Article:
THE MAGAZINE

Terrorism’s New Paradigm in West Africa

By Ann Longmore-Etheridge

It is predictable that the Boko Haram Islamists would want to become the overlords of Nigeria, Cameroon, Niger, and other Sahel nations. The words that make up the extremist organization’s name mean “western education is sinful.” The group’s founder, Mohammed Yusuf, who was killed in 2009, wanted to found an Islamic state ruled by Sharia law that curtailed all Western influences. What may have kept Yusuf’s goal unattainable is Boko Haram’s lack of a strict leadership structure and a propensity to fragment.

All of Boko Haram’s splinter groups have, however, still managed to cause grief in Nigeria. Their campaign of violence, which began in 2009, has included destroying a United Nations building in Abuja; attacks on churches, schools, police, and the military; and the assassination of Nigerian Civil War hero Major General Muhammad Shuwa, said Ekhomu.

He warned that the Economic Community of West African States (ECOWAS) must be proactive in heading off the radicalization of young Muslim men. “In Nigeria, we have a 50-50 split in the population between Muslims and Christians…. But when you have [radicals] pouring venom into the ears of these young men, they become like different animals,” stated Ekhomu. “Part of the problem is our government hasn’t quite realized that there is a lot of radicalization going on in prisons. Worse yet, you have CDs being made in Yemen, Afghanistan, and Pakistan, being sent into Nigeria and other West African nations,” as well as extremist Web sites and videos that spread the Islamist viewpoint. “We have a very bad problem, and the way for ECOWAS to deal with this is not to wait,” he said.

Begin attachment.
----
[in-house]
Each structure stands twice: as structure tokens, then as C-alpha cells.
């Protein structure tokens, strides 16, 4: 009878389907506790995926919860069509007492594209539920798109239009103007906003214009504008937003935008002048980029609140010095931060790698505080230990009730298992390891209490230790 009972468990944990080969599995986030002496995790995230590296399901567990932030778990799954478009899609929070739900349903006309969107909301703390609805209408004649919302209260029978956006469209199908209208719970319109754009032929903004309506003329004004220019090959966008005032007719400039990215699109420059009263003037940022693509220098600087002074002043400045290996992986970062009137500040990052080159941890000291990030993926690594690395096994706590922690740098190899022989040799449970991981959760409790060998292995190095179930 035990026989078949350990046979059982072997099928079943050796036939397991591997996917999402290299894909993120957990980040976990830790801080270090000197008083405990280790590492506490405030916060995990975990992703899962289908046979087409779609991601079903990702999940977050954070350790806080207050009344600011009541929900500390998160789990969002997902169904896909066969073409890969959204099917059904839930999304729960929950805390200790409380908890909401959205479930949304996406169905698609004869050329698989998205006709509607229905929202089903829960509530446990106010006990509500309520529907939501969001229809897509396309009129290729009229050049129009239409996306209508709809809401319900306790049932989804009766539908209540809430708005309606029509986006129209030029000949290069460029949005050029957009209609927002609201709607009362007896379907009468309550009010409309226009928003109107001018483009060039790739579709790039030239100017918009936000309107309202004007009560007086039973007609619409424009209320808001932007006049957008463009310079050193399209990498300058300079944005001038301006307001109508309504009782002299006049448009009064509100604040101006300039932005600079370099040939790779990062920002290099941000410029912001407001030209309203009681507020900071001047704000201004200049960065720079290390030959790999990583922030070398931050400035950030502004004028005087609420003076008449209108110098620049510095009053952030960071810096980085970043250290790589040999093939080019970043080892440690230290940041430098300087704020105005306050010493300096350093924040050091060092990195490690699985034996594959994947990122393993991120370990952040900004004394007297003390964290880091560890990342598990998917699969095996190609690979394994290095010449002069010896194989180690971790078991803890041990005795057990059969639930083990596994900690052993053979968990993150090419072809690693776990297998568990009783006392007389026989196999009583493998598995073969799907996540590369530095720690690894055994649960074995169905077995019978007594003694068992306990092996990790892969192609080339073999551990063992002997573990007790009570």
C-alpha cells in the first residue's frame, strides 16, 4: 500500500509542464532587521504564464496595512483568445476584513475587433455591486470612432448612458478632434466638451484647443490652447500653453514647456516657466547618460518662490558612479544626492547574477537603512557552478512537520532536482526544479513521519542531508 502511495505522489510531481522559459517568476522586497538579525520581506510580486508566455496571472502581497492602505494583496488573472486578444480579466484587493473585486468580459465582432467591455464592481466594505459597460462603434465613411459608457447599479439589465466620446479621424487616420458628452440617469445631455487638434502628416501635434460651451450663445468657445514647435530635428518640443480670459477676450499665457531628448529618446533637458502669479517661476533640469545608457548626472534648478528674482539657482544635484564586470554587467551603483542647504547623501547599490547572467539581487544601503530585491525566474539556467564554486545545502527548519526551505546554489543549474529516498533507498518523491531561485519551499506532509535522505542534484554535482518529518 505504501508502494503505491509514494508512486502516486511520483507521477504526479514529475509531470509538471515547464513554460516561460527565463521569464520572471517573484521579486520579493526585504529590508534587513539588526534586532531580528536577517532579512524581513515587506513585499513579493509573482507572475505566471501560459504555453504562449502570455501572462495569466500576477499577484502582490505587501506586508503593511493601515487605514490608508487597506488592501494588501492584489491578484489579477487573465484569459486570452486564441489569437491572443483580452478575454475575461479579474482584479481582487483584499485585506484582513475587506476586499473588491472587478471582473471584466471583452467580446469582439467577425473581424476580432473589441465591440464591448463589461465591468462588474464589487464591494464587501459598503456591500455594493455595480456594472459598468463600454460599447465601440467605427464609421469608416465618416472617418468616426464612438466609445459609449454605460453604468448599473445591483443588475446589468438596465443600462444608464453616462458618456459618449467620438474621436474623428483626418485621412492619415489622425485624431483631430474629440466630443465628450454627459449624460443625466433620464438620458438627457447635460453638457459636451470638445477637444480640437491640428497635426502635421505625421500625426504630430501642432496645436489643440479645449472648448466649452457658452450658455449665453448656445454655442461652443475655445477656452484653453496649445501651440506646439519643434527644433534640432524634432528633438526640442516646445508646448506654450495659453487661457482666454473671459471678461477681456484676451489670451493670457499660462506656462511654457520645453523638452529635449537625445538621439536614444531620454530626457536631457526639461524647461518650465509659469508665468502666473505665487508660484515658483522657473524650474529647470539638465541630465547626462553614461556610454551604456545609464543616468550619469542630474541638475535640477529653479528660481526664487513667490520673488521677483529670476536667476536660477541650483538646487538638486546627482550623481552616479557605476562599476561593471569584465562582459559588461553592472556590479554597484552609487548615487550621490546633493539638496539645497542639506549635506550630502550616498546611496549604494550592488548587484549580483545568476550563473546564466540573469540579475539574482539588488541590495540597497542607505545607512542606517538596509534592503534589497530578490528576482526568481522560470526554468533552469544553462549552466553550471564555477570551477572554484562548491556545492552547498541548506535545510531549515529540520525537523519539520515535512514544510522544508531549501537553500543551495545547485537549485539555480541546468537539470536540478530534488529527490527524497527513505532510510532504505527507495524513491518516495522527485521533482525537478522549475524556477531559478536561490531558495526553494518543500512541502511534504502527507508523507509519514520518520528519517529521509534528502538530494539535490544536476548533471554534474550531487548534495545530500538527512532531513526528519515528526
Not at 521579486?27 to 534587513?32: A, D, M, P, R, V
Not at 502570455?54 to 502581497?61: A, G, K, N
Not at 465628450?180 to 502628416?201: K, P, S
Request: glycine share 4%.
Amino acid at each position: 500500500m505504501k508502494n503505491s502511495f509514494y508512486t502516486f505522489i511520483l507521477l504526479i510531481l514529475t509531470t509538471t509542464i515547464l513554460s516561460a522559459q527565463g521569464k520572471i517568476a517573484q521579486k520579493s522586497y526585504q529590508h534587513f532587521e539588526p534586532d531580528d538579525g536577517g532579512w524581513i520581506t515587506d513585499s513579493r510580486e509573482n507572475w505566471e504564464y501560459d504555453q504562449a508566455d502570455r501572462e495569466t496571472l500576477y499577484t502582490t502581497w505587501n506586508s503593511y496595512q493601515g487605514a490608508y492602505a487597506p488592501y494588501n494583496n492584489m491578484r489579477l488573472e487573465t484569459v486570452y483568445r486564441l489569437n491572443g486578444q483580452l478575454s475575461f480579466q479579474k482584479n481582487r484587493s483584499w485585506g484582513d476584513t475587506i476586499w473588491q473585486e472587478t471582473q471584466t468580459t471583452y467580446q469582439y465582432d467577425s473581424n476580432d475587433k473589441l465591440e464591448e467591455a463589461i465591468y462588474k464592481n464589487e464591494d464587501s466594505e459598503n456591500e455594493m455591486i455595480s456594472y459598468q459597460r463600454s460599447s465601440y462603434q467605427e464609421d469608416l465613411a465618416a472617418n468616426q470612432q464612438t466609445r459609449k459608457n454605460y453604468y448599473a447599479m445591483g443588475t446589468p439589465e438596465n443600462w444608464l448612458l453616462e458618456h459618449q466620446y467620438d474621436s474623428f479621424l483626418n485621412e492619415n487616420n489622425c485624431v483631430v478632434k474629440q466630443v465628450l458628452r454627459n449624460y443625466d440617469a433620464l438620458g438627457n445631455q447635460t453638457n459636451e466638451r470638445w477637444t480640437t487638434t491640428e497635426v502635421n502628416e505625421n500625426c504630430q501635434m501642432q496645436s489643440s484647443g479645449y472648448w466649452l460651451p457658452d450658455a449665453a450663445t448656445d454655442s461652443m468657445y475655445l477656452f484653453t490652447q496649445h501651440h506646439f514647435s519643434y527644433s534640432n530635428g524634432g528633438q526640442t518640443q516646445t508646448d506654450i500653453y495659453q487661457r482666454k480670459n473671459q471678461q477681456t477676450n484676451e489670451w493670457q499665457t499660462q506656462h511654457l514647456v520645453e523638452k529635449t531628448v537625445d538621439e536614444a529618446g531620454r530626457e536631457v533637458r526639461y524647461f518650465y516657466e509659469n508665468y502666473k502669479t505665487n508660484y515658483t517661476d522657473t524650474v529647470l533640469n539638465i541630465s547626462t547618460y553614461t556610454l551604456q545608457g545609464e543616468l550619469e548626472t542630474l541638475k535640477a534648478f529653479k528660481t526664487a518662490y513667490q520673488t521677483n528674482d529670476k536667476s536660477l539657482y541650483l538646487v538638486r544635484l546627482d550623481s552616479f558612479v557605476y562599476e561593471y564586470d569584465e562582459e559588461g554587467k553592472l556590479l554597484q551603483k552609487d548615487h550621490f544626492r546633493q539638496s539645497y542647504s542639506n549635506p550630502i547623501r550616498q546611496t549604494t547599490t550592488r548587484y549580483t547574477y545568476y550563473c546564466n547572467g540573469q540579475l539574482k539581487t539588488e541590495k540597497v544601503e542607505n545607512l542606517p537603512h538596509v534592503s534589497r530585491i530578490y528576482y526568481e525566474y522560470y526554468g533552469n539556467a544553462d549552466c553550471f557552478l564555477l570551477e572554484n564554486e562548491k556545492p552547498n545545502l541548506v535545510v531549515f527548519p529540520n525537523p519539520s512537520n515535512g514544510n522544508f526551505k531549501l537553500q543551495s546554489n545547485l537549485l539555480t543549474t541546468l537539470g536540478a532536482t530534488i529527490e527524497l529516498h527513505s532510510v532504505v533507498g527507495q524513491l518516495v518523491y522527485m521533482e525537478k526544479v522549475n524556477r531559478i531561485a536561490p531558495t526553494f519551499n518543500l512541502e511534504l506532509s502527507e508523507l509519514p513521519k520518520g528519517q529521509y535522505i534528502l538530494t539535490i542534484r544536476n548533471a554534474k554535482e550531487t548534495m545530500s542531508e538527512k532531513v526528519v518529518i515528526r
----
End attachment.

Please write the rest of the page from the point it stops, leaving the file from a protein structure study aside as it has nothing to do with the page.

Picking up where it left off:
Another troubling aspect of Boko Haram, al-Shabaab, and other ultra-Islamist groups is the view that not only are all non-Muslims considered fair targets, but some Muslims are too, according to Ekhomu.

Ekhomu explained to his audience that Boko Haram achieves some of its financing from kidnapping people and holding them for ransom. “They got a billion Naira ($3 million) for a French family seized in Cameroon…. And they also rob banks and get some good cash from them,” he said.

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